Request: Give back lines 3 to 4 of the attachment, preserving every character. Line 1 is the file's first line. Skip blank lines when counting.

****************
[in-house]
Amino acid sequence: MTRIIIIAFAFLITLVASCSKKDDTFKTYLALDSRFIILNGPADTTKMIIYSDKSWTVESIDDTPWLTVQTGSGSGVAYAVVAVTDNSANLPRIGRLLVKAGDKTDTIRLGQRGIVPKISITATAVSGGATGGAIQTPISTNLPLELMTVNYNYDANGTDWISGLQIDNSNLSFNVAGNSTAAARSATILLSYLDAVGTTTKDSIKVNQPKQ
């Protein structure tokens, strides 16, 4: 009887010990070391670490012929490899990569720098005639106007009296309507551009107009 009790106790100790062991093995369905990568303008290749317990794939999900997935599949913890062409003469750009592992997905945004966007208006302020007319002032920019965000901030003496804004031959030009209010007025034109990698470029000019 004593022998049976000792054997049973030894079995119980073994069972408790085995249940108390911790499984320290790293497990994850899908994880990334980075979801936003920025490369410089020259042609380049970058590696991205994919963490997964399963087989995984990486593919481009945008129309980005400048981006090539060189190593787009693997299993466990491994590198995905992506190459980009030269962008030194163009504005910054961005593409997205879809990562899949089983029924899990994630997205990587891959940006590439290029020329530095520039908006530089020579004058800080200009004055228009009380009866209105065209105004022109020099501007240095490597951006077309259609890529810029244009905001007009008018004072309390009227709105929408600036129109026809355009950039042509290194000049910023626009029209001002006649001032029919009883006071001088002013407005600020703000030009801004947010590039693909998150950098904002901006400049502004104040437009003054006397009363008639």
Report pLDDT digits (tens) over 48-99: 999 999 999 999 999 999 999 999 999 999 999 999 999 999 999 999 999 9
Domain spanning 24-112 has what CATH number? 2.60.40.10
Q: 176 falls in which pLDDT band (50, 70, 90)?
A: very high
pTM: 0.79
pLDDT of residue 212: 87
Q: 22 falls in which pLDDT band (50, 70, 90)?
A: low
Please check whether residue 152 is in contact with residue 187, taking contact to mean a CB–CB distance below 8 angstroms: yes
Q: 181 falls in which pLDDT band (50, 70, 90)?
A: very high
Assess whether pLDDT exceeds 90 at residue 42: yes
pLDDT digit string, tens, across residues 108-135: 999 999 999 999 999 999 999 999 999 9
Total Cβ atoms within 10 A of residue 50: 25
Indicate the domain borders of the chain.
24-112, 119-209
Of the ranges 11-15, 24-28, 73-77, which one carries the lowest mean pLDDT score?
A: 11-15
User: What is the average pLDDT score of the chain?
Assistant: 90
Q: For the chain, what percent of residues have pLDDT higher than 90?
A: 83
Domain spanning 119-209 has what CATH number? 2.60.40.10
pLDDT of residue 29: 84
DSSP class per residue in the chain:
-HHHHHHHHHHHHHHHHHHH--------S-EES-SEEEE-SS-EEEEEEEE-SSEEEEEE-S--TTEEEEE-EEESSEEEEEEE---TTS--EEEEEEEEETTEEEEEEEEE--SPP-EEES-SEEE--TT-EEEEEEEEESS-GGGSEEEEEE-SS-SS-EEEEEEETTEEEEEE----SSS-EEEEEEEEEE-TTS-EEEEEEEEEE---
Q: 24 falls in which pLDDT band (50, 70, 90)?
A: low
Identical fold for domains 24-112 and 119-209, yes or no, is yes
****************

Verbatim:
């Protein structure tokens, strides 16, 4: 009887010990070391670490012929490899990569720098005639106007009296309507551009107009 009790106790100790062991093995369905990568303008290749317990794939999900997935599949913890062409003469750009592992997905945004966007208006302020007319002032920019965000901030003496804004031959030009209010007025034109990698470029000019 004593022998049976000792054997049973030894079995119980073994069972408790085995249940108390911790499984320290790293497990994850899908994880990334980075979801936003920025490369410089020259042609380049970058590696991205994919963490997964399963087989995984990486593919481009945008129309980005400048981006090539060189190593787009693997299993466990491994590198995905992506190459980009030269962008030194163009504005910054961005593409997205879809990562899949089983029924899990994630997205990587891959940006590439290029020329530095520039908006530089020579004058800080200009004055228009009380009866209105065209105004022109020099501007240095490597951006077309259609890529810029244009905001007009008018004072309390009227709105929408600036129109026809355009950039042509290194000049910023626009029209001002006649001032029919009883006071001088002013407005600020703000030009801004947010590039693909998150950098904002901006400049502004104040437009003054006397009363008639």
Report pLDDT digits (tens) over 48-99: 999 999 999 999 999 999 999 999 999 999 999 999 999 999 999 999 999 9